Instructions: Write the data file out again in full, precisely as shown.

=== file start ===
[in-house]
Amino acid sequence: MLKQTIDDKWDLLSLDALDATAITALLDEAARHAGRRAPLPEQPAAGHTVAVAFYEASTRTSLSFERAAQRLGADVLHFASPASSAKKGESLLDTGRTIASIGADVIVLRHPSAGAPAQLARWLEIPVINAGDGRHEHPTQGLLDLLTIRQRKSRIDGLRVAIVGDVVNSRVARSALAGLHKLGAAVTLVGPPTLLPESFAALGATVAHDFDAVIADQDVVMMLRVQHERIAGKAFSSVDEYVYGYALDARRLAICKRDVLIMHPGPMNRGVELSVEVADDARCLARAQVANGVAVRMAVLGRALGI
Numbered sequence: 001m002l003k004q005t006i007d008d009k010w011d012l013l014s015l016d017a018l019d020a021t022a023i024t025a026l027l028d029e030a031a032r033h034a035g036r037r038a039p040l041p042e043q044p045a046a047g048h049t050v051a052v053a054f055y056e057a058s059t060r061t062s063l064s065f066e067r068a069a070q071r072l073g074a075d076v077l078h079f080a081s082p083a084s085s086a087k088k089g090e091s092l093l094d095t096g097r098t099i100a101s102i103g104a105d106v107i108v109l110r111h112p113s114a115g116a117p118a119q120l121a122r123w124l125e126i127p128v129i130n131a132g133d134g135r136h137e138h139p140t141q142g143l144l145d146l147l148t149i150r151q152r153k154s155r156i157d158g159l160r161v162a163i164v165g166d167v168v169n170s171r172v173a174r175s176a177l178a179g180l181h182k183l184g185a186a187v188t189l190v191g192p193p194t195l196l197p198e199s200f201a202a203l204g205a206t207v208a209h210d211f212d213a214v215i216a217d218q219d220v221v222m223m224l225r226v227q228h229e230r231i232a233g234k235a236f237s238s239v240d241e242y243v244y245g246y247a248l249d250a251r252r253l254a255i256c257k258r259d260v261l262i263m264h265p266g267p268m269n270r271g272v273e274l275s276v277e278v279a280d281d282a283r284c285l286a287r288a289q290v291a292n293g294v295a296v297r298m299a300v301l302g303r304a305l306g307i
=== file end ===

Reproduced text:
[in-house]
Amino acid sequence: MLKQTIDDKWDLLSLDALDATAITALLDEAARHAGRRAPLPEQPAAGHTVAVAFYEASTRTSLSFERAAQRLGADVLHFASPASSAKKGESLLDTGRTIASIGADVIVLRHPSAGAPAQLARWLEIPVINAGDGRHEHPTQGLLDLLTIRQRKSRIDGLRVAIVGDVVNSRVARSALAGLHKLGAAVTLVGPPTLLPESFAALGATVAHDFDAVIADQDVVMMLRVQHERIAGKAFSSVDEYVYGYALDARRLAICKRDVLIMHPGPMNRGVELSVEVADDARCLARAQVANGVAVRMAVLGRALGI
Numbered sequence: 001m002l003k004q005t006i007d008d009k010w011d012l013l014s015l016d017a018l019d020a021t022a023i024t025a026l027l028d029e030a031a032r033h034a035g036r037r038a039p040l041p042e043q044p045a046a047g048h049t050v051a052v053a054f055y056e057a058s059t060r061t062s063l064s065f066e067r068a069a070q071r072l073g074a075d076v077l078h079f080a081s082p083a084s085s086a087k088k089g090e091s092l093l094d095t096g097r098t099i100a101s102i103g104a105d106v107i108v109l110r111h112p113s114a115g116a117p118a119q120l121a122r123w124l125e126i127p128v129i130n131a132g133d134g135r136h137e138h139p140t141q142g143l144l145d146l147l148t149i150r151q152r153k154s155r156i157d158g159l160r161v162a163i164v165g166d167v168v169n170s171r172v173a174r175s176a177l178a179g180l181h182k183l184g185a186a187v188t189l190v191g192p193p194t195l196l197p198e199s200f201a202a203l204g205a206t207v208a209h210d211f212d213a214v215i216a217d218q219d220v221v222m223m224l225r226v227q228h229e230r231i232a233g234k235a236f237s238s239v240d241e242y243v244y245g246y247a248l249d250a251r252r253l254a255i256c257k258r259d260v261l262i263m264h265p266g267p268m269n270r271g272v273e274l275s276v277e278v279a280d281d282a283r284c285l286a287r288a289q290v291a292n293g294v295a296v297r298m299a300v301l302g303r304a305l306g307i